Food Etiquette: Guide & Resources Directory


French Food Etiquette

Wine in France is customary with means, you should not refuse wine, just sip it slowly. In France the wine is carefully picked that will compliment your food and sometimes the wine will even change during your meal and dessert. Orange juice is offered after coffee by your host, this is an elegant way to let you know that it is time for you to leave.

Unlike the the Chinese the French believe in having the most honored position at the head of the table. The head of the table is the one individual that has the greatest importance and is seated first to the left and then to the right of the head of right. At dinners that a couple is hosting the one will be at the one end of the table, and the other at the opposite end of the table. Sometimes when a dinner party is being hosted and a couple that have split up arrive at the dinner party, the couple are seated next to people they do not know. This way the couple can be introduced to new acquaintances and start a conversation.

The French do not switch knives and forks like Americans. When you are eating a food that requires you to use both utensils then the knife stays in your right hand and the fork in your left hand. You do not switch back with your knife and fork between bites. If you do not know which utensil to use during courses, then it is best to start from the outside and work your way in during each course. If there are dishes in the center of the table then it is best to pass the dishes to your left and the last person to receive the plate will place it back on the table.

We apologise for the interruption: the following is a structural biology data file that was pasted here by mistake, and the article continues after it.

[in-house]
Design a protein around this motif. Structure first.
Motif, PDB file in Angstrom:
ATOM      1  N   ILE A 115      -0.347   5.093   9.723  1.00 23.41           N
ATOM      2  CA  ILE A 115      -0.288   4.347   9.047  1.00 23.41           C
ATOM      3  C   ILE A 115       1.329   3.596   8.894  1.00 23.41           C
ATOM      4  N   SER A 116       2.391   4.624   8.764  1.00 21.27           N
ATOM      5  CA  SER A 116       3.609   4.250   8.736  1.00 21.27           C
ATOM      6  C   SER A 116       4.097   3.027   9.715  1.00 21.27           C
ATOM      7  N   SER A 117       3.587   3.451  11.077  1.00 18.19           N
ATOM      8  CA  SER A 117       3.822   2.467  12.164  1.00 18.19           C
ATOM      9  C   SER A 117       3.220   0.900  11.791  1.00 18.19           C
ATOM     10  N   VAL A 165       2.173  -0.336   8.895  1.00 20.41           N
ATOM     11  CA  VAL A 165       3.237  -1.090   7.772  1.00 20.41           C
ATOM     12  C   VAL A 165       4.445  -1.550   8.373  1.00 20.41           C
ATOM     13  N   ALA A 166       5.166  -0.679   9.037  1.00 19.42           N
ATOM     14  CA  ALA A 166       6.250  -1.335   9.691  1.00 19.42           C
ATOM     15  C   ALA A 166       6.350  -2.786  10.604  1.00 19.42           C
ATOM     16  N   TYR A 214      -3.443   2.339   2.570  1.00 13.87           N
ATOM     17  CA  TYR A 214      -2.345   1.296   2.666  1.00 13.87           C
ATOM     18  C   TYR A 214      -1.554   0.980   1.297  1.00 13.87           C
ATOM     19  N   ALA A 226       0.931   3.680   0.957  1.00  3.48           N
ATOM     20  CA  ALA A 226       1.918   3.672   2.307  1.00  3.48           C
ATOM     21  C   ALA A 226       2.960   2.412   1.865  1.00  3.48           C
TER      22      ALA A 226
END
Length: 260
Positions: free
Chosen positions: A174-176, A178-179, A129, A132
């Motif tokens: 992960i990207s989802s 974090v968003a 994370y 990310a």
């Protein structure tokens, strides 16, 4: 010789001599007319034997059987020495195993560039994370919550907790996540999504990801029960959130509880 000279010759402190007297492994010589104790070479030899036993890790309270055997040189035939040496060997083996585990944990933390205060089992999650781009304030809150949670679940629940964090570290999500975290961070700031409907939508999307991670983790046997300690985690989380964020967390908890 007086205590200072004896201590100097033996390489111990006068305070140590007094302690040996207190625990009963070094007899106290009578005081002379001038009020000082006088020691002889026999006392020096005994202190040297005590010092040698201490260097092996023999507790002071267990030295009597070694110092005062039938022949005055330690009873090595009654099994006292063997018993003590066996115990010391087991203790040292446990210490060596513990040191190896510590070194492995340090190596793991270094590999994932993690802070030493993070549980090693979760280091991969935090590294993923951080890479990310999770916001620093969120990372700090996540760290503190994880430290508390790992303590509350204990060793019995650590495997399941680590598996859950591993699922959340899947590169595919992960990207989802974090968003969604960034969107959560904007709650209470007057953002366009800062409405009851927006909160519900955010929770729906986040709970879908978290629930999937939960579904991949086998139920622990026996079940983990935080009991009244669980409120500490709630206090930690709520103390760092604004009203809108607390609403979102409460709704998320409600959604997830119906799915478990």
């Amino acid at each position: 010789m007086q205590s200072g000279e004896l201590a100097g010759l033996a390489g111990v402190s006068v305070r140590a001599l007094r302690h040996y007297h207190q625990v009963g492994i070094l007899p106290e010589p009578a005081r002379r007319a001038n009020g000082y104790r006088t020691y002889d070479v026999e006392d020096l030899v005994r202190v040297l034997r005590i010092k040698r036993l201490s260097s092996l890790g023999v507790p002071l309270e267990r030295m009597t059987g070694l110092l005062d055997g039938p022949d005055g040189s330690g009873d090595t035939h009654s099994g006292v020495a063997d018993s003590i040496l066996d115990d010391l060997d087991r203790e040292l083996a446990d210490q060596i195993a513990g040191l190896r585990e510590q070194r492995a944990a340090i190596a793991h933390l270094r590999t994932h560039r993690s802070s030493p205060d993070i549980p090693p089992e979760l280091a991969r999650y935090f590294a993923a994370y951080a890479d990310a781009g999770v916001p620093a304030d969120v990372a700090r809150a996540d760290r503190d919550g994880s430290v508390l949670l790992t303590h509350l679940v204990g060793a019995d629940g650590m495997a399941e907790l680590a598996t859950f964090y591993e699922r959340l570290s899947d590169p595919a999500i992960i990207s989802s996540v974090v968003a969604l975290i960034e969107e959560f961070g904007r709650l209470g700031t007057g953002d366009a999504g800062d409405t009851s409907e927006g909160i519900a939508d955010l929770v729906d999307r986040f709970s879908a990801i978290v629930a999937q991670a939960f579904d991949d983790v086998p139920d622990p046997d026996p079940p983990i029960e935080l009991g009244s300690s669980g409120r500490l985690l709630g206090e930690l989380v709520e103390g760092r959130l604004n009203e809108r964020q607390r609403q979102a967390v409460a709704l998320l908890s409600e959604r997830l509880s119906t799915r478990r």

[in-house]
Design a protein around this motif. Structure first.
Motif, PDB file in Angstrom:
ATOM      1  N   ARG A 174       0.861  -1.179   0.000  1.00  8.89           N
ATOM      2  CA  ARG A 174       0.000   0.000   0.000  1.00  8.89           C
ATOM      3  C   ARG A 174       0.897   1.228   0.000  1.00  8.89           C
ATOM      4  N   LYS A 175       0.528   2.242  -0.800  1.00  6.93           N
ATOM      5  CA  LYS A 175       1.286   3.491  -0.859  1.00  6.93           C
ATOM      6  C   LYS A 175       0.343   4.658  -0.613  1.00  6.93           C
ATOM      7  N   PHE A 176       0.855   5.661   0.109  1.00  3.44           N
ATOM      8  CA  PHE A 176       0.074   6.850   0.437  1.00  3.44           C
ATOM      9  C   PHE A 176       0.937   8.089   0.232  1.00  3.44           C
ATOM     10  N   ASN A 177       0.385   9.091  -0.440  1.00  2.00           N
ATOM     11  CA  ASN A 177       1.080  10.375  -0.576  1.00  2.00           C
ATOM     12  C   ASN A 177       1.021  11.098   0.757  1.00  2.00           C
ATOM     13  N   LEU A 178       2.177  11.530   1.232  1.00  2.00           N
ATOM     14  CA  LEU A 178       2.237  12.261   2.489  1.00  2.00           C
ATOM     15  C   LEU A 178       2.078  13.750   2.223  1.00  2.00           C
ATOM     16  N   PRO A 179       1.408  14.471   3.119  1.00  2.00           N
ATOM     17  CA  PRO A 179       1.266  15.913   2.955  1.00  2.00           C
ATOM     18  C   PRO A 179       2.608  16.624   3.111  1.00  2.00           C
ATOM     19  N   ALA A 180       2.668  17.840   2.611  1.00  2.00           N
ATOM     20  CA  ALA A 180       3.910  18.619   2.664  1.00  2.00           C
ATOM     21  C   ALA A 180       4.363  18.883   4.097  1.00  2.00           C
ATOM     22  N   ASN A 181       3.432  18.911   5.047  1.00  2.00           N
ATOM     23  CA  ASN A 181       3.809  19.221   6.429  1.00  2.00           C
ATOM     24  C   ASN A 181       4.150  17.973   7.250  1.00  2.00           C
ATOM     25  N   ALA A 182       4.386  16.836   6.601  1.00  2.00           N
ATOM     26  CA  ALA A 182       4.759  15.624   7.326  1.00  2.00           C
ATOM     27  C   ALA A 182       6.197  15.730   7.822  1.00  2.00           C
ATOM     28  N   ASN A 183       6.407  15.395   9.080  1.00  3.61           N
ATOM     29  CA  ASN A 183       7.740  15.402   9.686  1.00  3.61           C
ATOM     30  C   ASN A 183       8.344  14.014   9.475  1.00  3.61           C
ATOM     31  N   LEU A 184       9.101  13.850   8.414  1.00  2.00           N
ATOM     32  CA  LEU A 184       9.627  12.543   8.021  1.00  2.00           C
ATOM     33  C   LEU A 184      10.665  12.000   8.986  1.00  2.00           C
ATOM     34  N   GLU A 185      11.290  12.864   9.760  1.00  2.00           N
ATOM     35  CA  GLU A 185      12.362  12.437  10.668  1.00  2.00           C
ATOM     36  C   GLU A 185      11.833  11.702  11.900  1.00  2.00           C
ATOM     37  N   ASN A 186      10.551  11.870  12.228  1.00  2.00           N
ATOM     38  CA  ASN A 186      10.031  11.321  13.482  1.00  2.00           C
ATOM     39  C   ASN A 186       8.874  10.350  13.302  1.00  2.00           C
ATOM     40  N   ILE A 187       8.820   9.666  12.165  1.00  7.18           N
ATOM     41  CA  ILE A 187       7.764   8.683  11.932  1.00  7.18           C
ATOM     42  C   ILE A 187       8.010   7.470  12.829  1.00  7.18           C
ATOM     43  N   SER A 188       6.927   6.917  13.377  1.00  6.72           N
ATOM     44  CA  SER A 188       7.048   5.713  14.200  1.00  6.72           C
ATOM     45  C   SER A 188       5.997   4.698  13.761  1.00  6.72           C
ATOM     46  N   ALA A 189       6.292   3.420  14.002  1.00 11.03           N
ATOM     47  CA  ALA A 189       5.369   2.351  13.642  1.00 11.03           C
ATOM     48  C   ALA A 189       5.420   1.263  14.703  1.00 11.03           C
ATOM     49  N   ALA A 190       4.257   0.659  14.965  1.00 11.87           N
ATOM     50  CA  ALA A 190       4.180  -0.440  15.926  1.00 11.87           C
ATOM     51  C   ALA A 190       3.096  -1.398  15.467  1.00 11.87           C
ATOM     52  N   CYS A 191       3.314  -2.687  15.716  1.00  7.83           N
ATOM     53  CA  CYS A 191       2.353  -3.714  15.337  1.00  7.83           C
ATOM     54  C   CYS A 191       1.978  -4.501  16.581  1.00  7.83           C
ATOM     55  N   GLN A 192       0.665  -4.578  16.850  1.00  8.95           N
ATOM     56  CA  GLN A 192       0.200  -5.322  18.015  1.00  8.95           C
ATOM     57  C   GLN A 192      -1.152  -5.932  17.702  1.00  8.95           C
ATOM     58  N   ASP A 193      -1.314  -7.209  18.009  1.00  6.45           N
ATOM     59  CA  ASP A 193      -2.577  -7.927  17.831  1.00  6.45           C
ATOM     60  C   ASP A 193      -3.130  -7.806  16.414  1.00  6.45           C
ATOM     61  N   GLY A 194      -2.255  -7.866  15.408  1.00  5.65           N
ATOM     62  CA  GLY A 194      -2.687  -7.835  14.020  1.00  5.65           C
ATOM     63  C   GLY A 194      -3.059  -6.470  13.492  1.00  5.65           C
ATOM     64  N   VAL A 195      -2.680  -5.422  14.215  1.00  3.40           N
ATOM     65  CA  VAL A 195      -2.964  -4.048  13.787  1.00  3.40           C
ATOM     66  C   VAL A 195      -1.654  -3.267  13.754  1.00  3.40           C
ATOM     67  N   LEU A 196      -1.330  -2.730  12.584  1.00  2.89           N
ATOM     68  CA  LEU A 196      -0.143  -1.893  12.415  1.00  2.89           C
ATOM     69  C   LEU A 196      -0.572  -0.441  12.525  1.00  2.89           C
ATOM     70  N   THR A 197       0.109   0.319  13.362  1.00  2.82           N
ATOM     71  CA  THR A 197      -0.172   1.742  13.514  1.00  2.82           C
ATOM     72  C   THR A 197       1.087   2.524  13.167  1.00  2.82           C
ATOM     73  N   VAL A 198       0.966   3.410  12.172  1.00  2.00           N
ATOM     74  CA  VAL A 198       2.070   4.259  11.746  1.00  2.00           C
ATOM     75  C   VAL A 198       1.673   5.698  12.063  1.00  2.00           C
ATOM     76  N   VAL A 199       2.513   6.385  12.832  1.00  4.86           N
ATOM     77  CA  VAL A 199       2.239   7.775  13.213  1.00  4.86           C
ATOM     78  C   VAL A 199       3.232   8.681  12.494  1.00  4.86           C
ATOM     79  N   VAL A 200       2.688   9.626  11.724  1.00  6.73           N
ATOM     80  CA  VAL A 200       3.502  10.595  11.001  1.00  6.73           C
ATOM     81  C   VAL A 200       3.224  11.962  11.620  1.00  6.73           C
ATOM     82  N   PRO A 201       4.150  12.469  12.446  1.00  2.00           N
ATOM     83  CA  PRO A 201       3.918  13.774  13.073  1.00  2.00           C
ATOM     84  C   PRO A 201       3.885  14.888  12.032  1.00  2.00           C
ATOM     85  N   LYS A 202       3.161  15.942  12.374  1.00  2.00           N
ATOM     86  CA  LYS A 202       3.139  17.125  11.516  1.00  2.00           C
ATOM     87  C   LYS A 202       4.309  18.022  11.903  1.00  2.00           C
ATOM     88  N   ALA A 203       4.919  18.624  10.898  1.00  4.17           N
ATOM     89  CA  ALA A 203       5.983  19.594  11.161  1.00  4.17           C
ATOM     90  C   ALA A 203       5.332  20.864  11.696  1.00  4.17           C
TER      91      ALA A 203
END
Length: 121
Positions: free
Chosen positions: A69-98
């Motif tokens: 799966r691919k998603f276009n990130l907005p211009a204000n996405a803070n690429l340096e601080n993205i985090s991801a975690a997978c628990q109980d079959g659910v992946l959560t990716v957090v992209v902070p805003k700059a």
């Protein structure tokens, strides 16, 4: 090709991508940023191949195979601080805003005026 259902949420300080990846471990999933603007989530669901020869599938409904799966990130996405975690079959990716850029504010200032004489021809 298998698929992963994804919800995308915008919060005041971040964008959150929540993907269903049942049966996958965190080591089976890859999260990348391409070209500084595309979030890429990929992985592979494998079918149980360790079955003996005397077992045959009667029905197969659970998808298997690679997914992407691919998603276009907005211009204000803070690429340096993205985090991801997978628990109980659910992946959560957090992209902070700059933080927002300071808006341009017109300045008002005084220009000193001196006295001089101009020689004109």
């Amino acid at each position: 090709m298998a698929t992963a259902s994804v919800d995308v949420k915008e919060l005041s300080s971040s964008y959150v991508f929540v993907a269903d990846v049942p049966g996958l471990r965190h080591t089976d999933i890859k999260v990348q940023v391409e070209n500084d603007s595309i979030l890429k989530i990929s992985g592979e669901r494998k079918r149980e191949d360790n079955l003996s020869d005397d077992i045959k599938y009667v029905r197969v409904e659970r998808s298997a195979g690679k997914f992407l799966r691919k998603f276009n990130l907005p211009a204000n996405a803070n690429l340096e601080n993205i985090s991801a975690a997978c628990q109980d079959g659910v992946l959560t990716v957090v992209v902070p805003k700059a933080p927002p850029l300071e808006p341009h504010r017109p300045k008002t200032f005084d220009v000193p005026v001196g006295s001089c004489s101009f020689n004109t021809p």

Like Chinese tradition, be careful not to add salt and pepper or any type of spice into your food, it is considered to be insulting for your host. After you are done eating place your knife and fork laid parallel to each other across the right side of your plate. If you are completely finished with you plate then place both your knife and fork down on the plate, this is the sign that you are finished and that the plate can be taken away from you. When you are not eating it is good table manners to keep your wrists rested comfortably above the table you are sitting on.

The French believe in smaller portions of food, but with a large number of courses. If you are in a French restaurant it is expected to eat and finish everything on your plate, this is to refrain you from asking for seconds. If you are in a French restaurant you can ask for more water with your food, but you can not ask for more wine. If you want more wine you are suppose to wait for your host to serve you, and if you are hosting you must make sure the glasses of your guests are filled at all times.

The French take much pride in the food they made and process. Eating well is a priority throughout the country. French food uses some of the world's finest seafood, which is the influence of the Alsace. If you move further down the countryside typical fare includes fine cheese, meats, bread, vegetables, and herb dishes.





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